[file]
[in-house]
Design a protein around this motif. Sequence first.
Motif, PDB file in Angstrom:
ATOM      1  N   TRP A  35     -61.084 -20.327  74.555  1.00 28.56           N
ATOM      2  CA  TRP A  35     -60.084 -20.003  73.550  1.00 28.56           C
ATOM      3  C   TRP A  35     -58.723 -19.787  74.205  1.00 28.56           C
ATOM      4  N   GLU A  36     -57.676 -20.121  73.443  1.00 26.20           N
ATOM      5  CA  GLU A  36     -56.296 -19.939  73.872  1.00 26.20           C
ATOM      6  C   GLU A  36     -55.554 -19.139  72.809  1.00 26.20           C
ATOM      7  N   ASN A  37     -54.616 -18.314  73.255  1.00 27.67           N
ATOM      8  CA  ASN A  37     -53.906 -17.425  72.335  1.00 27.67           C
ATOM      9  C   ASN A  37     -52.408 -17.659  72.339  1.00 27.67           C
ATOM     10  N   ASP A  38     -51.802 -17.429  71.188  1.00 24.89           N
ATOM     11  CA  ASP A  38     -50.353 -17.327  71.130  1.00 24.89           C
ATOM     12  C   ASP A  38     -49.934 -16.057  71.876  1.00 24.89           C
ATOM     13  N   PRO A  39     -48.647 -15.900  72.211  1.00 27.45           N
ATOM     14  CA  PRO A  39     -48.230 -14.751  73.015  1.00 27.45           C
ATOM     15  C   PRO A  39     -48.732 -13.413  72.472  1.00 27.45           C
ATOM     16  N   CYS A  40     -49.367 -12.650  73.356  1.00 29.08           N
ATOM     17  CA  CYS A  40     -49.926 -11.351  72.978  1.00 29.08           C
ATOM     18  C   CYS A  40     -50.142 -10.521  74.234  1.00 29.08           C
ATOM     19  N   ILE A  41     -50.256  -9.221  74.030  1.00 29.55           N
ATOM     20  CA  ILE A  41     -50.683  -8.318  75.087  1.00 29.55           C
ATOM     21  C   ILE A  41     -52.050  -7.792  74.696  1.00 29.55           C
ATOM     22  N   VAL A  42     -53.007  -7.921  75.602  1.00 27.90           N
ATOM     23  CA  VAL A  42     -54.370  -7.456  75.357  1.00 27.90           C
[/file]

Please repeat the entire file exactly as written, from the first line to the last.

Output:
[in-house]
Design a protein around this motif. Sequence first.
Motif, PDB file in Angstrom:
ATOM      1  N   TRP A  35     -61.084 -20.327  74.555  1.00 28.56           N
ATOM      2  CA  TRP A  35     -60.084 -20.003  73.550  1.00 28.56           C
ATOM      3  C   TRP A  35     -58.723 -19.787  74.205  1.00 28.56           C
ATOM      4  N   GLU A  36     -57.676 -20.121  73.443  1.00 26.20           N
ATOM      5  CA  GLU A  36     -56.296 -19.939  73.872  1.00 26.20           C
ATOM      6  C   GLU A  36     -55.554 -19.139  72.809  1.00 26.20           C
ATOM      7  N   ASN A  37     -54.616 -18.314  73.255  1.00 27.67           N
ATOM      8  CA  ASN A  37     -53.906 -17.425  72.335  1.00 27.67           C
ATOM      9  C   ASN A  37     -52.408 -17.659  72.339  1.00 27.67           C
ATOM     10  N   ASP A  38     -51.802 -17.429  71.188  1.00 24.89           N
ATOM     11  CA  ASP A  38     -50.353 -17.327  71.130  1.00 24.89           C
ATOM     12  C   ASP A  38     -49.934 -16.057  71.876  1.00 24.89           C
ATOM     13  N   PRO A  39     -48.647 -15.900  72.211  1.00 27.45           N
ATOM     14  CA  PRO A  39     -48.230 -14.751  73.015  1.00 27.45           C
ATOM     15  C   PRO A  39     -48.732 -13.413  72.472  1.00 27.45           C
ATOM     16  N   CYS A  40     -49.367 -12.650  73.356  1.00 29.08           N
ATOM     17  CA  CYS A  40     -49.926 -11.351  72.978  1.00 29.08           C
ATOM     18  C   CYS A  40     -50.142 -10.521  74.234  1.00 29.08           C
ATOM     19  N   ILE A  41     -50.256  -9.221  74.030  1.00 29.55           N
ATOM     20  CA  ILE A  41     -50.683  -8.318  75.087  1.00 29.55           C
ATOM     21  C   ILE A  41     -52.050  -7.792  74.696  1.00 29.55           C
ATOM     22  N   VAL A  42     -53.007  -7.921  75.602  1.00 27.90           N
ATOM     23  CA  VAL A  42     -54.370  -7.456  75.357  1.00 27.90           C